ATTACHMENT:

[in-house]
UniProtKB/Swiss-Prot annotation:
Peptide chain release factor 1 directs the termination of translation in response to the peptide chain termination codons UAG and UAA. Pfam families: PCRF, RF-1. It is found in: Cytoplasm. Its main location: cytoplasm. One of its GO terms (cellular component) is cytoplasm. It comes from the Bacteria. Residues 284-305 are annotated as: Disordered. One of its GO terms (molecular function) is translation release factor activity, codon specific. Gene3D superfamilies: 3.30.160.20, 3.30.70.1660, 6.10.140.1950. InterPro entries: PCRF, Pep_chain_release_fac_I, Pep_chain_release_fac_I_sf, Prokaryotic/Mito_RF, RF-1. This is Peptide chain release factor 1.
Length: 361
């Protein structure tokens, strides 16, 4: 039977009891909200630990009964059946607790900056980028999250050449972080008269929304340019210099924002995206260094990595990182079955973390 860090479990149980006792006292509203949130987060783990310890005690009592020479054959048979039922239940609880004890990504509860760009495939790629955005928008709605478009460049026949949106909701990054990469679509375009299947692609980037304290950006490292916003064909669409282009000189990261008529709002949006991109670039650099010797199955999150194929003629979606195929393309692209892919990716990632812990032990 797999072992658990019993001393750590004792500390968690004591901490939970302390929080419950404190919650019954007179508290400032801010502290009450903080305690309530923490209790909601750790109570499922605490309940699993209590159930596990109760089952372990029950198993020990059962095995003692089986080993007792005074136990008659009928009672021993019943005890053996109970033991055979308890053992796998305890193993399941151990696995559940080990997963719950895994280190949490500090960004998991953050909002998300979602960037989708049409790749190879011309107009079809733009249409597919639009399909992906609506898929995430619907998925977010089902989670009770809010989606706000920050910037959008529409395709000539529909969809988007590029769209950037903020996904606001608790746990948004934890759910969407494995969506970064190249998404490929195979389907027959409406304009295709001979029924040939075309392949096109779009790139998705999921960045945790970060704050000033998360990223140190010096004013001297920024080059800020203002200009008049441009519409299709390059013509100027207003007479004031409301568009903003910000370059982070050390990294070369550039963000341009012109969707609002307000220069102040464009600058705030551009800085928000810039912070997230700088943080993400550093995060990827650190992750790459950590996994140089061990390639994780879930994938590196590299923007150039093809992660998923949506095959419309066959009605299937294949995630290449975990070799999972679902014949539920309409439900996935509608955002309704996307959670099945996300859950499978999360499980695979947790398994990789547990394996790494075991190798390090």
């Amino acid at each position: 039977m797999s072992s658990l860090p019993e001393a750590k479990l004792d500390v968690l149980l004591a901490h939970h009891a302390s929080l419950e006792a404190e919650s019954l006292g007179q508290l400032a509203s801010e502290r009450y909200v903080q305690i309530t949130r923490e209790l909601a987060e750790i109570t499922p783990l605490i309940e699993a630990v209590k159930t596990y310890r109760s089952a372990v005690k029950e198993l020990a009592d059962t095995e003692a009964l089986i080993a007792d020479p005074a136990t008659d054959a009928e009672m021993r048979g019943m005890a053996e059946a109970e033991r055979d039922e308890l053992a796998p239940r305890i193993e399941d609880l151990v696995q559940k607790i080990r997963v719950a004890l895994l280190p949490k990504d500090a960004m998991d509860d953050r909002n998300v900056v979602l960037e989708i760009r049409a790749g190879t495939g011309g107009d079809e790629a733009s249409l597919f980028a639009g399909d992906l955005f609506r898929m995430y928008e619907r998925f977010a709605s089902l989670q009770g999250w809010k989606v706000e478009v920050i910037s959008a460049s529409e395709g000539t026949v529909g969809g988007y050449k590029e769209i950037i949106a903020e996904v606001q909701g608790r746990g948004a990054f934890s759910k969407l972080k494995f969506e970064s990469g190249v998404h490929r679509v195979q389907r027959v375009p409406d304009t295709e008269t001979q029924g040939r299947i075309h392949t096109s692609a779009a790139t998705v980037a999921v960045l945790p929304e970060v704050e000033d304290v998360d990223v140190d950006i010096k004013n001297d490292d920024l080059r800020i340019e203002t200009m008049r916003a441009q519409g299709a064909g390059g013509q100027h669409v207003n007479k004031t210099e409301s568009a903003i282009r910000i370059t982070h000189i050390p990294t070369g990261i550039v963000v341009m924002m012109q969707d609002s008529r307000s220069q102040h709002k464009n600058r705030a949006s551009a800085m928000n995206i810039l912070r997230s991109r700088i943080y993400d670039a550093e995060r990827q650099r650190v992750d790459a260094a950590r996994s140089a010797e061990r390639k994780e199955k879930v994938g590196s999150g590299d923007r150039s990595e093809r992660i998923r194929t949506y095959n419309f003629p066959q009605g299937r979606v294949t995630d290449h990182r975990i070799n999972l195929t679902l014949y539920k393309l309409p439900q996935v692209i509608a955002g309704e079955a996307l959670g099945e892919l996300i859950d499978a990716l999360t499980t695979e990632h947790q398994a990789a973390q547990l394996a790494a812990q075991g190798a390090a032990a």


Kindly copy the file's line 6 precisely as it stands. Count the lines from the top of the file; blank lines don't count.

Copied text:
């Amino acid at each position: 039977m797999s072992s658990l860090p019993e001393a750590k479990l004792d500390v968690l149980l004591a901490h939970h009891a302390s929080l419950e006792a404190e919650s019954l006292g007179q508290l400032a509203s801010e502290r009450y909200v903080q305690i309530t949130r923490e209790l909601a987060e750790i109570t499922p783990l605490i309940e699993a630990v209590k159930t596990y310890r109760s089952a372990v005690k029950e198993l020990a009592d059962t095995e003692a009964l089986i080993a007792d020479p005074a136990t008659d054959a009928e009672m021993r048979g019943m005890a053996e059946a109970e033991r055979d039922e308890l053992a796998p239940r305890i193993e399941d609880l151990v696995q559940k607790i080990r997963v719950a004890l895994l280190p949490k990504d500090a960004m998991d509860d953050r909002n998300v900056v979602l960037e989708i760009r049409a790749g190879t495939g011309g107009d079809e790629a733009s249409l597919f980028a639009g399909d992906l955005f609506r898929m995430y928008e619907r998925f977010a709605s089902l989670q009770g999250w809010k989606v706000e478009v920050i910037s959008a460049s529409e395709g000539t026949v529909g969809g988007y050449k590029e769209i950037i949106a903020e996904v606001q909701g608790r746990g948004a990054f934890s759910k969407l972080k494995f969506e970064s990469g190249v998404h490929r679509v195979q389907r027959v375009p409406d304009t295709e008269t001979q029924g040939r299947i075309h392949t096109s692609a779009a790139t998705v980037a999921v960045l945790p929304e970060v704050e000033d304290v998360d990223v140190d950006i010096k004013n001297d490292d920024l080059r800020i340019e203002t200009m008049r916003a441009q519409g299709a064909g390059g013509q100027h669409v207003n007479k004031t210099e409301s568009a903003i282009r910000i370059t982070h000189i050390p990294t070369g990261i550039v963000v341009m924002m012109q969707d609002s008529r307000s220069q102040h709002k464009n600058r705030a949006s551009a800085m928000n995206i810039l912070r997230s991109r700088i943080y993400d670039a550093e995060r990827q650099r650190v992750d790459a260094a950590r996994s140089a010797e061990r390639k994780e199955k879930v994938g590196s999150g590299d923007r150039s990595e093809r992660i998923r194929t949506y095959n419309f003629p066959q009605g299937r979606v294949t995630d290449h990182r975990i070799n999972l195929t679902l014949y539920k393309l309409p439900q996935v692209i509608a955002g309704e079955a996307l959670g099945e892919l996300i859950d499978a990716l999360t499980t695979e990632h947790q398994a990789a973390q547990l394996a790494a812990q075991g190798a390090a032990a």